Asia-Pacific Film Co-productions
Theory, Industry and Aesthetics
This book examines cross-regional film collaboration within the Asia-Pacific region. Through a mixed methods approach of political economy, industry and market, as well as textual analysis, the book contributes to the understanding of the global fusion of cultural products and the reconfiguration of geographic, political, economic, and cultural relations. Issues covered include cultural globalization and Asian regionalization; identity, regionalism, and industry practices; and inter-Asian and transpacific co-production practices among the U.S.A., China, South Korea, Japan, India, Hong Kong, Taiwan, Argentina, Australia, and New Zealand.
Table of Contents
Asia-Pacific Film Co-production: Introduction -
Dal Yong Jin and Wendy Su
Part I: Regionalization, Globalization, and Co-production
Chapter 1. Cultural Globalization through Film Co-productions in the Asia-Pacific Region .
Dal Yong Jin
Chapter 2. Fast Boats from Hollywood to China-vice versa-or Ships Passing in the Night? The PRC Meets the NICL
Part II: Film Industry, Collaboration, and Asian Geopolitics
Chapter 3. Sleeping with the Intimate ‘Enemy’? Dynamics and Precarities of Chinese co-productions in the case of the ‘Korea Ban’
Chapter 4. Post-2014 Chinese-Korean Film Co-production: Nation Branding via Online Film Publicity .
Chapter 5. Hindi Chini Bhai Bhai: Examining India-China co-production deals in Globalized Media Markets
Chapter 6. International film co-productions as a new harbour of nationalistic communication amid regional ‘imagined communities’: The case of China and Korea
Mi Sook Park
Part III. Cultural Flows, Cultural Globalization, and the Asia-Pacific
Chapter 7. Is the China Party Over?: Global Integration, State Intervention, and Changing China-Hollywood Relations: 2014–2018
Chapter 8. Seeking a Global Audience: Transnational Narrative Strategies of the Netflix
Original Movie, Okja
Chapter 9. Influential factors for producing film co-productions between Korea and New Zealand
Chapter 10. Co-producing with the Other Side of the World: Argentine–Korean Films and International Film Festivals
Chapter 11. Connecting with China, Hollywood and Film Festivals: The Collaboration and Co- production of Taiwanese Filmmakers in the Era of Neo-liberal Globalization
Jocelyn Yi-Hsuan Lai
Part IV: Aesthetics in Film Co-production
Chapter 12. Beyond Japan-Taiwan Coproduction: Intertextuality and Elliptical Figures in Hou Hsiao-hsien’s Café Lumière
Michelle Bloom and Satoko Kakihara.
Chapter 13. Seoul-Hong Kong-Macau: Love with an Alien (1957) and Postwar Korea- Hong Kong Coproduction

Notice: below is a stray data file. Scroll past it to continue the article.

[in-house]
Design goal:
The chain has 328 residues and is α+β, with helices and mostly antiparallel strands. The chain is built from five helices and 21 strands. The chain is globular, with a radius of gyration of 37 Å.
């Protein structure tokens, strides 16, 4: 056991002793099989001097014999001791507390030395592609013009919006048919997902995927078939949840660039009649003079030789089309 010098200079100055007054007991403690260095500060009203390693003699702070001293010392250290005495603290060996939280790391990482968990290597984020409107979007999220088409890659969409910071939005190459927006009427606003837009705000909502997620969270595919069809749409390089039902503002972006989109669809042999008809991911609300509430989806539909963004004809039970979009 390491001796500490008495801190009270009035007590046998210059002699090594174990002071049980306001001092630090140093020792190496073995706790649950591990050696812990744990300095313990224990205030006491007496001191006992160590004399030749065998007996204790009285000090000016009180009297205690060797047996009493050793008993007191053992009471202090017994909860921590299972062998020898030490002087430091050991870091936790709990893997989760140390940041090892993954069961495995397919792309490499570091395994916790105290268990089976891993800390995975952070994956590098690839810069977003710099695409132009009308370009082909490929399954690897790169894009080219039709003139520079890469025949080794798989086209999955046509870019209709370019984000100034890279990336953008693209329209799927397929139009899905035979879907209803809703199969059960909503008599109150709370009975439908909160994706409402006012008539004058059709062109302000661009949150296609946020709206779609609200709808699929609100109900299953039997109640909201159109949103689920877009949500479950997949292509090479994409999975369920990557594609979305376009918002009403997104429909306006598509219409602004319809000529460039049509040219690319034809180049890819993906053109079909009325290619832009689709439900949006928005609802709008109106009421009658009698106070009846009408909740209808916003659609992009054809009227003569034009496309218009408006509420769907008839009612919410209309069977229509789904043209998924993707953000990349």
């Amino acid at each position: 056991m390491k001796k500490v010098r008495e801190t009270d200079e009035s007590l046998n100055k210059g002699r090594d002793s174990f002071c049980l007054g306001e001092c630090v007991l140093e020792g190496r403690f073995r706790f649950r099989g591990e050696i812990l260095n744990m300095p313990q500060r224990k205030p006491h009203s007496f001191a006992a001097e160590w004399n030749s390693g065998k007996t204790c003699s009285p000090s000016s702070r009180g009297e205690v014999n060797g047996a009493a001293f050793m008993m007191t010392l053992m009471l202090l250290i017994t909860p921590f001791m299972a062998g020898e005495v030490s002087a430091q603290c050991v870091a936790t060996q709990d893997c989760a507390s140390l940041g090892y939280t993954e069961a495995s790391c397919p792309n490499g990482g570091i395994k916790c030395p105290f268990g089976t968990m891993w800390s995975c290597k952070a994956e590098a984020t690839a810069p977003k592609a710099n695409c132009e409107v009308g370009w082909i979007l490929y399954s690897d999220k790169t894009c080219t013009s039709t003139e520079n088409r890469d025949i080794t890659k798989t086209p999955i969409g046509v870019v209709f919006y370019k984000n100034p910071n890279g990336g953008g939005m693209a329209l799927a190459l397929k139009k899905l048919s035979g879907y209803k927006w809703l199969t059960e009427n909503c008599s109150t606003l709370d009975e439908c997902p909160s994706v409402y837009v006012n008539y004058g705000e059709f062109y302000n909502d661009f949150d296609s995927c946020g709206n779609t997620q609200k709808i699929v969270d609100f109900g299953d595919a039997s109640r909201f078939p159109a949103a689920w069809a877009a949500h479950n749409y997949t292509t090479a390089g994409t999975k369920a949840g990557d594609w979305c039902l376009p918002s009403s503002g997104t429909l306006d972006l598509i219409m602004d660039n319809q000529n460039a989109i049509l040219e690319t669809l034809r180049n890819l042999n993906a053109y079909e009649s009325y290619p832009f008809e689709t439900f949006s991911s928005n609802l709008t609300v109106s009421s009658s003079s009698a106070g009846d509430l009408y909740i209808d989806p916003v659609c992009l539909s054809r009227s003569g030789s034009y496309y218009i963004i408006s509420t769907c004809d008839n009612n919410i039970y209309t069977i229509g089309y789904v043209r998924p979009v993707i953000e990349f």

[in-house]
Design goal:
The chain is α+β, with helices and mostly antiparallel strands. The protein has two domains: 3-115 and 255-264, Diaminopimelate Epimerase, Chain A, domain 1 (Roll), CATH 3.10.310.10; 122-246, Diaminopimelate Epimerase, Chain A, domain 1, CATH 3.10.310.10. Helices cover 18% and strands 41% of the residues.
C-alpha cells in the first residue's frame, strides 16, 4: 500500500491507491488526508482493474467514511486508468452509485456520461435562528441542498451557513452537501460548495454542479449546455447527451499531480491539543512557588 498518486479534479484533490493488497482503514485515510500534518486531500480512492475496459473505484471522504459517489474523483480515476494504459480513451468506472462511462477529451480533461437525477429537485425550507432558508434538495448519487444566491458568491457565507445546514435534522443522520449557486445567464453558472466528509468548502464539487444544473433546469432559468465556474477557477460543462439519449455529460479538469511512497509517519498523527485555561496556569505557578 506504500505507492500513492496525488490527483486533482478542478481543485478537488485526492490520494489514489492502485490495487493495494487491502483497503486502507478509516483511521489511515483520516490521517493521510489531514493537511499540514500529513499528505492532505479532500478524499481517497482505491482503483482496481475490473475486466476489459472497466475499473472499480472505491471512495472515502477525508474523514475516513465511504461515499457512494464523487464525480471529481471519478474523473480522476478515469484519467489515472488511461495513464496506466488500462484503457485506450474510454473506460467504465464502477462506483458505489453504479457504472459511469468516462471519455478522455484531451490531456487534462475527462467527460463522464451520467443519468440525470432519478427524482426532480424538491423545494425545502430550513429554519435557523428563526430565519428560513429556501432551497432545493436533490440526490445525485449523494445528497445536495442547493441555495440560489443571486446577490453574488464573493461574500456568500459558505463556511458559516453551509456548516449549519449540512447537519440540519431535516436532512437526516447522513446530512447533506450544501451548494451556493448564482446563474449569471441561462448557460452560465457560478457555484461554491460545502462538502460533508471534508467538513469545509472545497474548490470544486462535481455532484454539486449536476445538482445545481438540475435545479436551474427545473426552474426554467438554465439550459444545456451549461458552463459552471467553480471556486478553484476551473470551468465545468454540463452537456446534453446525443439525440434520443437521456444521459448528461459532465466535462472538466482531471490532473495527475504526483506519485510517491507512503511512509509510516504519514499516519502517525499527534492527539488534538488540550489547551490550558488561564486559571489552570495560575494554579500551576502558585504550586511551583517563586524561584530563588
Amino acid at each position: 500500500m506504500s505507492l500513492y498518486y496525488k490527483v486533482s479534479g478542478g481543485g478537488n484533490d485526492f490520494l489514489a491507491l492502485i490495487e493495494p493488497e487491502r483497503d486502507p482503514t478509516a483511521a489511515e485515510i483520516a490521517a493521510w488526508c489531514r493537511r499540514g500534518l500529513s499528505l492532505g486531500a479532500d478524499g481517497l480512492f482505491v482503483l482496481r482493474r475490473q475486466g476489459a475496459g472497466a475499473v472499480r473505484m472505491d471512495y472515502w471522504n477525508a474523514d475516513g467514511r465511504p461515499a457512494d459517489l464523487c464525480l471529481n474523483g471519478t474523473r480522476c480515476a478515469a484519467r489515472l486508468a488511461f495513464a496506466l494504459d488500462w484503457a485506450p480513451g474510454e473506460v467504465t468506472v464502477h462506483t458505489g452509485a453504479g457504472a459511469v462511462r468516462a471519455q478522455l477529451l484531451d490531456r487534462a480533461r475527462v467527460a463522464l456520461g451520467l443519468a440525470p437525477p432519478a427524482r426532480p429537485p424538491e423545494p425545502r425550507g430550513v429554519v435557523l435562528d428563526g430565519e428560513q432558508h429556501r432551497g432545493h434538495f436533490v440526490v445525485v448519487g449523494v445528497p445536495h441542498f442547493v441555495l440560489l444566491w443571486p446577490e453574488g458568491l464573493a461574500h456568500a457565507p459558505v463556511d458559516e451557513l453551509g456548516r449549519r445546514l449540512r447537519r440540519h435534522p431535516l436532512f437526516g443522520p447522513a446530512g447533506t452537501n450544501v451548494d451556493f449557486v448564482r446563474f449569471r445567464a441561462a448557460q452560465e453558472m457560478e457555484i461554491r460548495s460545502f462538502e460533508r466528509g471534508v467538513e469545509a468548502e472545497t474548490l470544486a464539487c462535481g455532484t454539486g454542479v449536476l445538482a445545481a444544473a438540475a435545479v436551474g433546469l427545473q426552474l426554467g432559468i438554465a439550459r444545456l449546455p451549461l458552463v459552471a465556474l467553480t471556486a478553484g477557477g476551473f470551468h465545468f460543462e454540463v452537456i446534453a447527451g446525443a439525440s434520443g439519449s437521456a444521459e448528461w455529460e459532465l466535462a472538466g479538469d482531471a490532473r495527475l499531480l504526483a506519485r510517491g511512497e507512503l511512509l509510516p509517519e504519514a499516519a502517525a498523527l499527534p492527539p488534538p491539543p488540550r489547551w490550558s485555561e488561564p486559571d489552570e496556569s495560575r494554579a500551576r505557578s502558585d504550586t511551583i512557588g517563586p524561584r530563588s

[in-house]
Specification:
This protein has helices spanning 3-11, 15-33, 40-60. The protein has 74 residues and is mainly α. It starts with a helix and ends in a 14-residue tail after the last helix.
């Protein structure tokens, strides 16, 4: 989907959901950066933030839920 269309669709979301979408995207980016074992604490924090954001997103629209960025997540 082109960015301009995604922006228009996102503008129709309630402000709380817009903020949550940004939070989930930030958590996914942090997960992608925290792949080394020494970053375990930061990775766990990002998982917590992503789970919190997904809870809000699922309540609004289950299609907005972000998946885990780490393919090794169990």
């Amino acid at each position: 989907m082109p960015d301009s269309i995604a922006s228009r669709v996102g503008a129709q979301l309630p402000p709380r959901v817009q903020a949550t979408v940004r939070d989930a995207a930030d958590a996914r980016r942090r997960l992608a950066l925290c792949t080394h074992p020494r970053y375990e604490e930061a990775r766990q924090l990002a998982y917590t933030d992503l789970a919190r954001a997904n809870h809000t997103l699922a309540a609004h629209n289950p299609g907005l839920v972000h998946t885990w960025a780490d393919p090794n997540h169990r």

Chapter 14. Docu-reality and Empathy in Bloodless (2017): A Manifesto for Transnational Virtual Reality Cinema
Luke Buckmaster and Brian Yecies
Chapter 15. Final Recipe as a Pan-Asian Co-production Film: Interview with Director Gina Kim .
Dal Yong Jin
Dal Yong Jin finished his PhD at the Institute of Communications Research at the University of Illinois, Urbana-Champaign, in 2005. He has taught in three countries: the U.S.A., Canada, and Korea. His major research and teaching interests are globalization and media, Korean cinema, Asian media studies, transnational cultural studies, new media and digital gaming, and the political economy of media and culture. He is the author of several books, including Smartland Korea: Mobile Communication, Culture and Society (University of Michigan Press, 2017); New Korean Wave: Transnational Cultural Power in the Age of Social Media (University of Illinois Press, 2016); Digital Platforms, Imperialism and Political Culture (Routledge, 2015); De-convergence of Global Media Industries (Routledge, 2013); and Korea’s Online Gaming Empire (MIT Press, 2010). He has also edited several volumes, including Mobile Gaming in Asia: Politics, Culture and Emerging Technologies (Springer, 2016); The Political Economies of Media: The Transformation of the Global Media Industries (Bloomsbury, 2011); and Global Media Convergence and Cultural Transformation: Emerging Social Patterns and Characteristics (IGI Global, 2011). In addition, he has contributed numerous journal articles and book chapters.
Wendy Su is an Associate Professor of the Department of Media and Cultural Studies at University of California, Riverside. She is the author of China’s Encounter with Global Hollywood: Cultural Policy and the Film Industry, 1994–2013 (University Press of Kentucky, 2016). She has also published in a number of high-ranking academic journals, including Pacific Affairs, International Journal of Cultural Policy, Critical Studies in Media Communication, Global Media and Communication, Journal of International Communication, and Asian Journal of Communication. She was a winner of the 2014 William L. Holland Prize for the best article, granted by Pacific Affairs. Her research areas are global communication, Chinese media studies and cultural studies, transnational film studies, audience research, and Asian modernity.